New Belford: Progress

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This week the Lochaber Times publishes the first in a new monthly series of columns from NHS Highland – to be titled ‘New Belford: Progress’ – aimed at keeping readers informed on progress with the project to replace the Belford Hospital in Fort William.

We are delighted to be able to report on real progress in relation to the redesign of
health services in Lochaber, writes Senior Project Manager, Heather Cameron.

This has been under discussion for a long time but we are sure that people will be
relieved to hear that significant progress has been made recently with plans for real
improvements over the coming three to four years, chief among which is a
replacement Belford Hospital on the Blàr Mòr.

The Belford Hospital in Fort William. NO-F04-Belford-Hospital.jpg
The ageing Belford Hospital in Fort William.

With the support of the Lochaber Times, we will be bringing you this monthly column
to explain what we will be doing to bring the new hospital to fruition.

For any significant investment, NHS Boards need to submit a business case in three
stages: Initial Agreement, Outline Business Case and Full Business Case. Following
approval of the Full Business Case we can start construction.

The Initial Agreement is now complete and with Scottish Government’s Capital
Investment Group for consideration and, hopefully, approval.

This first stage of the business case focuses on services rather than buildings, and
NHS Highland has worked with staff, public stakeholders and other public sector
partners to develop a new and improved service model, designed to deliver as many
services as possible, as locally as possible.

As well as service data, we sought feedback from patients and input from the
Lochaber Stakeholder Group to understand what matters to people about their
hospital services.

This information was then fed into a series of workshops held with staff working in the
hospital and in the community, including social care, primary care (GPs and other
healthcare delivered in the community) and the ambulance service. The workshops
took a three-stage approach to developing a new and improved service model for the
new hospital.

The first workshop looked at what services a Rural General Hospital (RGH) should
aim to deliver: the Core RGH model. This session included staff from our other
RGHs, Caithness General Hospital and Lorn and Isles Hospital in Oban, as well as staff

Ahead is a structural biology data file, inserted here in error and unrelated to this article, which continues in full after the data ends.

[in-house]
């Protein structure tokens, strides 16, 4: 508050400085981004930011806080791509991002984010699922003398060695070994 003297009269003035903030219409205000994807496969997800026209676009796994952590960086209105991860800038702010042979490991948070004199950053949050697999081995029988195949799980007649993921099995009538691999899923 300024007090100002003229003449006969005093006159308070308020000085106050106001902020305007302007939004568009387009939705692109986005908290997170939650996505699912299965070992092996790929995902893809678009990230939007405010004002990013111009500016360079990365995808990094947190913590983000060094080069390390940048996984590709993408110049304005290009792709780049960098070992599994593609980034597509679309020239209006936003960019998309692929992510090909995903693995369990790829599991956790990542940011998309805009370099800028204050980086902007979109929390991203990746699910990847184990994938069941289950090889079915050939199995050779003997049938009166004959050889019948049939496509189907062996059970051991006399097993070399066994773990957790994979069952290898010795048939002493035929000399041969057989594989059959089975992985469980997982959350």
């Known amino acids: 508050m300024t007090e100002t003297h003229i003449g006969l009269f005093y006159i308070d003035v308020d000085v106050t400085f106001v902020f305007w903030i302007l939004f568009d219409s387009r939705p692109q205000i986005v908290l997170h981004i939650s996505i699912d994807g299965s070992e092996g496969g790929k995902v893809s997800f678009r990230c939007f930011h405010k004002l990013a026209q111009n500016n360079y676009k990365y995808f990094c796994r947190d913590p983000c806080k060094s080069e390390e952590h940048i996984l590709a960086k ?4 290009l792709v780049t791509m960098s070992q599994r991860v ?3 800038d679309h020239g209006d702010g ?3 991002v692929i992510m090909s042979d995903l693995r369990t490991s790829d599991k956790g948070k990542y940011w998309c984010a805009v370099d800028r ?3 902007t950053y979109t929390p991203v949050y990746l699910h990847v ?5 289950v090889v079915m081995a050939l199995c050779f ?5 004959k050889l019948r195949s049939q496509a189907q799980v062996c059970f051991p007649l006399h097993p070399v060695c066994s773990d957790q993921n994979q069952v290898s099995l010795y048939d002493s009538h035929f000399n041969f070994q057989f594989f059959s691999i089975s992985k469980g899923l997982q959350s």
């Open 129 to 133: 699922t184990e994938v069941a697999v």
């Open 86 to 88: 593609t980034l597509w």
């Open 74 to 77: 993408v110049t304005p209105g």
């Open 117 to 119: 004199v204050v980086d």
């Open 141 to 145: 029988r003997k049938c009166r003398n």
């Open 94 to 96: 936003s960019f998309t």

from Raigmore and community colleagues, to confirm a common understanding of the RGH role.

The Core RGH model keeps all the services currently being provided at the Belford and uses the opportunities of a new building to further develop them.

The second workshop then looked at which services might be best delivered in a
community setting such as a health centre rather than a hospital; and the third
session explored the ambitions of the clinical team to do more, considering what
services might be able to be delivered in an RGH in the future.

The outcome of these workshops was very positive. While it was agreed there are
limitations to what services can safely be carried out in an RGH, there was a clear
and enthusiastic aim from staff and community alike to deliver as many services as
possible, locally.

The output from the workshops was then put to a group of community and NHS
stakeholders, including community councillors, who compared different service
options and reduced these to two options which will be further explored in the next
stage, the Outline Business Case.

Both options will operate to the Core RGH model with introduction of an Intensive
Rehabilitation Service, and for the second option, an increase in elective surgery.

There’s a lot of work to do to detail what these services will mean in practice and
assess what space we’ll need in the new hospital to deliver them, but this work is
ongoing now and will take us through the next year to the next business case stage.

We will continue to engage with communities across Lochaber in designing the new
services and building: representatives from the community sit on the much-valued
Lochaber Stakeholder Group who meet monthly, and two community representatives
represent the Stakeholder Group on our Project Team: John Hutchison and Patricia
Jordan.

We will explain our thinking and provide regular progress updates in future editions of
the Lochaber Times.

Next month, we plan to focus on what a Rural General Hospital does and the services it will deliver.

We also want to hear your views: you can get in touch with our project team on
nhsh.nhshighlandestatesprojects@nhs.scot , or contact the NHS Highland feedback
team on nhshighland.feedback@nhs.scot or 01463 705997.